CALDERON: No! They need to fulfill, uh, a form. They need to establish their right name. We analyze if they have not a criminal precedence.

BLITZER: Do Mexican police go around asking for papers of people they suspect are illegal immigrants?

CALDERON: Of course! Of course!

BLITZER: If somebody sneaks in from Nicaragua or some other country in Central America through the southern border of Mexico and they wind up in Mexico, they can going get a job?

CALDERON: No, no, no.

BLITZER: They can work?

CALDERON: If somebody do that without permissions, we send — we send back them.

RUSH: We didn’t record that ourselves. We didn’t make it up.

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The United Methodists’ World Governance System

May 21st, 2010 No comments

The American Spectator : Resenting African Christianity

Unlike the U.S. Episcopal Church, which is almost entirely U.S. members plus some small dioceses from Latin America and Taiwan, United Methodism is more fully international, with about one third of its members in Africa. Amid growing United Methodist churches in the Democratic Republic of the Congo and Nigeria, among others, and a U.S. church losing about a 1,000 members weekly, the 11.4 million denomination likely will soon be majority African. At the church’s next governing General Conference in 2012, probably 40 percent of the delegates will come from outside the U.S., even further diminishing liberal hopes.

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Stark on Science as Evidence for Christianity’s Predictive Success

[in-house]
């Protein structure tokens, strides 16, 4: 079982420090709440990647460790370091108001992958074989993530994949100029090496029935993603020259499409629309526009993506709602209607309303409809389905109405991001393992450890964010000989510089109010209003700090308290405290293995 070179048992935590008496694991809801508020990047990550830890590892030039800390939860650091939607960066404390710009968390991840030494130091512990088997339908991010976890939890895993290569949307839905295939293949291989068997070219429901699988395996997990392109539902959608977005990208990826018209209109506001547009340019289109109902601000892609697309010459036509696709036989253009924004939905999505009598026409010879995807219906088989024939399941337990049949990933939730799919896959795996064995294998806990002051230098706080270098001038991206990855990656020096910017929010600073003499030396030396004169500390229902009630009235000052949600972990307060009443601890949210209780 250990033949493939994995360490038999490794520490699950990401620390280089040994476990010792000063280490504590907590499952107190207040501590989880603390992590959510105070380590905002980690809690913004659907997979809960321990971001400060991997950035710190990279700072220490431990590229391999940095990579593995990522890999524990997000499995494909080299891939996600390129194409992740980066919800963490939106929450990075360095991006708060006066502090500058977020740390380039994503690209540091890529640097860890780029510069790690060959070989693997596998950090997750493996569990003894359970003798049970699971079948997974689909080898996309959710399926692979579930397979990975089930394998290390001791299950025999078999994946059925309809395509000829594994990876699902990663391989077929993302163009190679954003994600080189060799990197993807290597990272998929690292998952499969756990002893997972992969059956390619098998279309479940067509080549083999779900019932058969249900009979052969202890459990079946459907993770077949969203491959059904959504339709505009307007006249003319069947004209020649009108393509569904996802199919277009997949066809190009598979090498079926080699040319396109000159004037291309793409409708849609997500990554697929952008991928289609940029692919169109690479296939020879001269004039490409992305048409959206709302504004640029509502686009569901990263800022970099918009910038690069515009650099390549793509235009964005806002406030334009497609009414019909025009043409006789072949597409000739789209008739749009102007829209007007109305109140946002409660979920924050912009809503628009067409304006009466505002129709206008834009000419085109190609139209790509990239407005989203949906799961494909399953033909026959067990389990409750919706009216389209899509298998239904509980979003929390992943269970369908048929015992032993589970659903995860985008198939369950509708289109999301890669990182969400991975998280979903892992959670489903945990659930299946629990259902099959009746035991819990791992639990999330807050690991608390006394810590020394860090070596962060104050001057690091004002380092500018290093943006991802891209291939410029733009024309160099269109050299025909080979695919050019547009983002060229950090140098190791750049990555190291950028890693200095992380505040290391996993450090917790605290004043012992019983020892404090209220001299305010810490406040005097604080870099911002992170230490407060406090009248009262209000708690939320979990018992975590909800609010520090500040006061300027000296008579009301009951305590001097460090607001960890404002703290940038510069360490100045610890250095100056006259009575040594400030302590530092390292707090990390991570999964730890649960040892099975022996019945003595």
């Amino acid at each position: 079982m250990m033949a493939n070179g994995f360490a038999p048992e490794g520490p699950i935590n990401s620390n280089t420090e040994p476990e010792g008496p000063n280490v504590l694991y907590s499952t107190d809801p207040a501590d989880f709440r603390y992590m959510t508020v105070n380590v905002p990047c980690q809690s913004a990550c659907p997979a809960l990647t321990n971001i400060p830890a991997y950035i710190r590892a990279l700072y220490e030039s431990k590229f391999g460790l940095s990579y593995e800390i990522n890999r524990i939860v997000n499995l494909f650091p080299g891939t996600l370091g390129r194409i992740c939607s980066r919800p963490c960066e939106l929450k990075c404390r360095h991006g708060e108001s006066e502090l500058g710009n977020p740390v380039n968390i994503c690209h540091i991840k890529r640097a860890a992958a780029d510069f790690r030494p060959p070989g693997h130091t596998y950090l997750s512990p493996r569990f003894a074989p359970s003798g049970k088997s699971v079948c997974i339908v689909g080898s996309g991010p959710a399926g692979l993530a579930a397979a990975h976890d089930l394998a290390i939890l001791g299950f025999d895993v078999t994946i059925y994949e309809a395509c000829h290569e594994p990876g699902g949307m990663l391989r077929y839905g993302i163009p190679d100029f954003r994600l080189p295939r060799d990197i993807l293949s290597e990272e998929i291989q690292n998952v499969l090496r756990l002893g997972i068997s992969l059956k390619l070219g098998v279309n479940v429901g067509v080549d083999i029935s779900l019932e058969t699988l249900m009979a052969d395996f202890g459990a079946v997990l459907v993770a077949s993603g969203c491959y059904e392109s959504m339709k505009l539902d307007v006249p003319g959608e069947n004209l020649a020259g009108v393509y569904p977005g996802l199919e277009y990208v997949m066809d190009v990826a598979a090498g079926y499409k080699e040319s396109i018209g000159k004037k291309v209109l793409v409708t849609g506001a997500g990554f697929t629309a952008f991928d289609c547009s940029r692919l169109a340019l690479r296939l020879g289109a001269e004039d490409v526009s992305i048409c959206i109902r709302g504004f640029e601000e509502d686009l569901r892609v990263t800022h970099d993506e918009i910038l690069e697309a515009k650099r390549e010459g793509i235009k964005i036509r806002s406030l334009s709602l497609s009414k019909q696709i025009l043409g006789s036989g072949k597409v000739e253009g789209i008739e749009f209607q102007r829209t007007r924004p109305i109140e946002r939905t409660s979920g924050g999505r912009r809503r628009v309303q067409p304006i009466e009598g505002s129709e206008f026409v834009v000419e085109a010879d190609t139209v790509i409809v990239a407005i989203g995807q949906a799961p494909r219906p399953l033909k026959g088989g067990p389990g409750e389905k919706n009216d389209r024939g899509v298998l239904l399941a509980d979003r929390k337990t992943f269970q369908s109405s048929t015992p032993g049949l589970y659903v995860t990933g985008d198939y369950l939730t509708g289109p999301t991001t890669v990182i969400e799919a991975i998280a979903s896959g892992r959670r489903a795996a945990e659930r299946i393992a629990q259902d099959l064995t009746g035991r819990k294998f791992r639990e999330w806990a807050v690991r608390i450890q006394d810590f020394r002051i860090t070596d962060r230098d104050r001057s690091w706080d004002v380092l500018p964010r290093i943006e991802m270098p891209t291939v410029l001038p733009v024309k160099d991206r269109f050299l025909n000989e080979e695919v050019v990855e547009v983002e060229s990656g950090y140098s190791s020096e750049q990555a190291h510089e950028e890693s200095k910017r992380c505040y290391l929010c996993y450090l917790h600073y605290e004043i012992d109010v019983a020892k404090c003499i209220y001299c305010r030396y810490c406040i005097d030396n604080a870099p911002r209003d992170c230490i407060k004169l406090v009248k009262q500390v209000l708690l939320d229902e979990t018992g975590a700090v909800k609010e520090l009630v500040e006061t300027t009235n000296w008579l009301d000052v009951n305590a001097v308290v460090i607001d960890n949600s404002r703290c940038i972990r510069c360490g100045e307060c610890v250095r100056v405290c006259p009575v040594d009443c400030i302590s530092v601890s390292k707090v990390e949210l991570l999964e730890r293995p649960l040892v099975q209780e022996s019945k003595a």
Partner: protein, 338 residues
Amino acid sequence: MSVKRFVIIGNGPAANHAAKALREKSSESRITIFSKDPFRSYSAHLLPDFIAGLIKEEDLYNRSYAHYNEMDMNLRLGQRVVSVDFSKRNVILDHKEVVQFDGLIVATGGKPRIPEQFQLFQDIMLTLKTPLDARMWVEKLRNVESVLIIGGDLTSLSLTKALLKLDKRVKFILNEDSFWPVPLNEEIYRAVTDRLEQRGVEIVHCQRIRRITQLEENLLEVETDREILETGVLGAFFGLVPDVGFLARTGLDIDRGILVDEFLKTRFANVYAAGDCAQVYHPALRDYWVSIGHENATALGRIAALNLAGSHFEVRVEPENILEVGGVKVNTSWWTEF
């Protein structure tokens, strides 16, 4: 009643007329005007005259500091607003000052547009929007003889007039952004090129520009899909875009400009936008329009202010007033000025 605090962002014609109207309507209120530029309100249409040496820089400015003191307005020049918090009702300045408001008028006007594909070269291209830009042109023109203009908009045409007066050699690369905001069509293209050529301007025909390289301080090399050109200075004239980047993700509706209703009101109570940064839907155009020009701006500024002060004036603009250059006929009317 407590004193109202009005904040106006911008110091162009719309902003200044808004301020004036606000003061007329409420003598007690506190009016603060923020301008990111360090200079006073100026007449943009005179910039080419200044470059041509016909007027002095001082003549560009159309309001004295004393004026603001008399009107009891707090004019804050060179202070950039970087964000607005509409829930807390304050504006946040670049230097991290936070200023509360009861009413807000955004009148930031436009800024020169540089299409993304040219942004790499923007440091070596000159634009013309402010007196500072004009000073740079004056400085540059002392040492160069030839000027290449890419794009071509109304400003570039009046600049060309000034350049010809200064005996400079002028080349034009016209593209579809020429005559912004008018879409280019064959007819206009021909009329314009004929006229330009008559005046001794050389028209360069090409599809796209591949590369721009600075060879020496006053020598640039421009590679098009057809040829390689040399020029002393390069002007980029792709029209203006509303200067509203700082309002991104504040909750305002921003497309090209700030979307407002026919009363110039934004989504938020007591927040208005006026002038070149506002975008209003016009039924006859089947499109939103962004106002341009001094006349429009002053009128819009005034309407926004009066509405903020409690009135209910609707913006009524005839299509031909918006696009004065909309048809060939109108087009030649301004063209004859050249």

May 19th, 2010 No comments

Crusades for Christ

Without the religious background, there wouldn’t be any science, because the fundamental notion that separated the West from everybody else was the notion that God is rational and created a rational universe, so there were rules out there to be discovered.

Nobody else looked for the rules, because they didn’t believe they were there to be found. They didn’t believe that the world had been created in the same rational way. The marvelous thing is that these early Christian scientists, including Newton, believed God had created a rational world, went ahead and looked for the rules of that rational world — and darned if they didn’t find them. In an interesting sense, it was a scientific confirmation of the Christian religion.

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Rodney Stark on the Crusaders

May 19th, 2010 No comments

Crusades for Christ

Cultures change. What is overlooked about the Crusaders, and the knights and nobility of the 10th century and thereabouts, is that they were very bloody-minded. They had been raised since infancy to devote themselves to fighting. They were very sinful. They particularly were into coveting wives. And they were very religious.